Playtesting Dungeons & Dragons Next

Last week Wizards of the Coast released the playtesting materials for their new edition of Dungeons & Dragons, D&D Next. It is open to anyone who wants to try it out — you can sign up at D& — and this weekend my regular gaming group and I gave it a spin. They had an epic battle with an ogre, were kidnapped by hobgoblins who crept in through a secret door while they slept, parlayed with a motley band of prisoners, and negotiated with a cruel and cunning warlord… losing two of their noble companions along the way. We gave it a pretty good shakedown and here is what we had to see about it in the aftermath.


The Good

I can’t sing the praises of the “Advantage” mechanic highly enough. Quite simply, if you have a nebulous edge — you are hiding, or you’re fighting from a better position, or you are electrocuting someone wearing metal armor, or whatever else might naturally come up in the course of the game — you roll two d20s and take the better result.

A “Disadvantage” is the inverse of that; if you are stuck in mud or cursed or laboring under some crummy situation, you roll two d20s and take the worse result. This simple little mechanic gives Dungeon Masters and players a powerful tool to support improvised play. Want to reward the fighter for deciding to swing off the chandelier like a swashbuckler? Give him Advantage on his attack. Is the wizard trying to communicate with an ancient lich using a dead language that he only knows how to write, since there are no living speakers? Disadvantage! “Aid Another” has been replaced with “Help,” and you guessed it, it grants Advantage. Elegant, simple and it feels very “Dungeons and Dragons-y.”

Overall, my impression of D&D Next was very positive. One of my players described it as “Like Second Edition, only they took out all the stuff that didn’t make sense, and replaced it with the smart rules from Third Edition.” There is some element of truth to that, but I think it is more a reinvisioning of earlier systems, reimagined through the prism of Third and Fourth Edition. It is stripped down, but has a keen eye on the lessons of playability from past versions of the game.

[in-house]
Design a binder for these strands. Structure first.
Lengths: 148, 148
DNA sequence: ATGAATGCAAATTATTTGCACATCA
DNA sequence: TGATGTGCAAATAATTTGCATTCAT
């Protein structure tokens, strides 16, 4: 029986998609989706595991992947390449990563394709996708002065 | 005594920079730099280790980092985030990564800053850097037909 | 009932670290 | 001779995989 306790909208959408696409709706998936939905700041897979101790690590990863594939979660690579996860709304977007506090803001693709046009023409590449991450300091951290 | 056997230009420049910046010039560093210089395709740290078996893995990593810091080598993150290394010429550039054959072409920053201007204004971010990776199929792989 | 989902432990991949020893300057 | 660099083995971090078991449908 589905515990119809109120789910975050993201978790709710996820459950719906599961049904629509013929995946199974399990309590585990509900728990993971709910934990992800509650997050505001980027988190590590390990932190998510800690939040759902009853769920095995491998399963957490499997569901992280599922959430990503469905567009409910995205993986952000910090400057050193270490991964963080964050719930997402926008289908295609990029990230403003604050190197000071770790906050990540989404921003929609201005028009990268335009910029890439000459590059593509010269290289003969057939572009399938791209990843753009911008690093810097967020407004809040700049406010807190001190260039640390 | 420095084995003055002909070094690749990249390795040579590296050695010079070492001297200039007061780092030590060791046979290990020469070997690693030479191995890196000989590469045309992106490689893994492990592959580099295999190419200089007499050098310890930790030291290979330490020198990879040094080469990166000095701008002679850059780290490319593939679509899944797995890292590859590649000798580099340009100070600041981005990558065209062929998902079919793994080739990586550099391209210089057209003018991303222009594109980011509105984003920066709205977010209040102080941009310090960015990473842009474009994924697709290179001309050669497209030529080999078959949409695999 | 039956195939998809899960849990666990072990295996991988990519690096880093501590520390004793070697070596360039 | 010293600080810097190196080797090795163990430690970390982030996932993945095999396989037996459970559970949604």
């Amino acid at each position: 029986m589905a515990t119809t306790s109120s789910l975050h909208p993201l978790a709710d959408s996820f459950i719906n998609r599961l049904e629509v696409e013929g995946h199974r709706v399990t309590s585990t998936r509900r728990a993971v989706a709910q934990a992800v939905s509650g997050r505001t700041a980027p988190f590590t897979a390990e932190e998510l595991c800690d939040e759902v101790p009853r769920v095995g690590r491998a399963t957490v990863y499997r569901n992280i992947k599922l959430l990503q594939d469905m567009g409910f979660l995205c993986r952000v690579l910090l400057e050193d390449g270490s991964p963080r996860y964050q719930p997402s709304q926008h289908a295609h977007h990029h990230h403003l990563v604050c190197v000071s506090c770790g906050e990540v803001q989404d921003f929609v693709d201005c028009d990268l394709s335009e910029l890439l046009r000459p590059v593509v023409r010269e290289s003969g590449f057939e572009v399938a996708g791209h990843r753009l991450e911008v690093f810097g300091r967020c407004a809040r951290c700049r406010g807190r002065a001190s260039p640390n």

My players were particularly grateful for the new rules on standing up from prone — it is just five feet of your move — and how easy it is to switch weapons. Of course, they weren’t so happy about that when the ogre that was frozen in place started throwing javelins at them, but that is the way the cookie crumbles.

Other sophisticated pieces of simplicity are the rules for light, medium and heavy armor—add Dex bonus, half Dex bonus and no Dexterity, respectively—as well as the fact that now every attribute is its own saving throw. You could make a Strength saving throw, a Charisma saving throw, et cetera. That sort of fresh thinking goes a long way toward making a cogent system.


The Bad

The biggest problem my players had was healing. I understand that this is a common thread of complain among playtesters, but I think we might diverge from the main point. First, the obvious. For a cleric with the theme “healer,” the human cleric of Pelor does not pack much of a healing wallop. One cure light wounds and one healing potion…and both were used in the first combat of the session I ran. Not only that, but the cleric doesn’t know the ranged healing power, healing word. The whole thing was a problem; one of my players commented that the addition of spontaneous casting would have fixed it—if the cleric could use the spiritual hammer or searing light slot to cast another cure, things would have gone differently.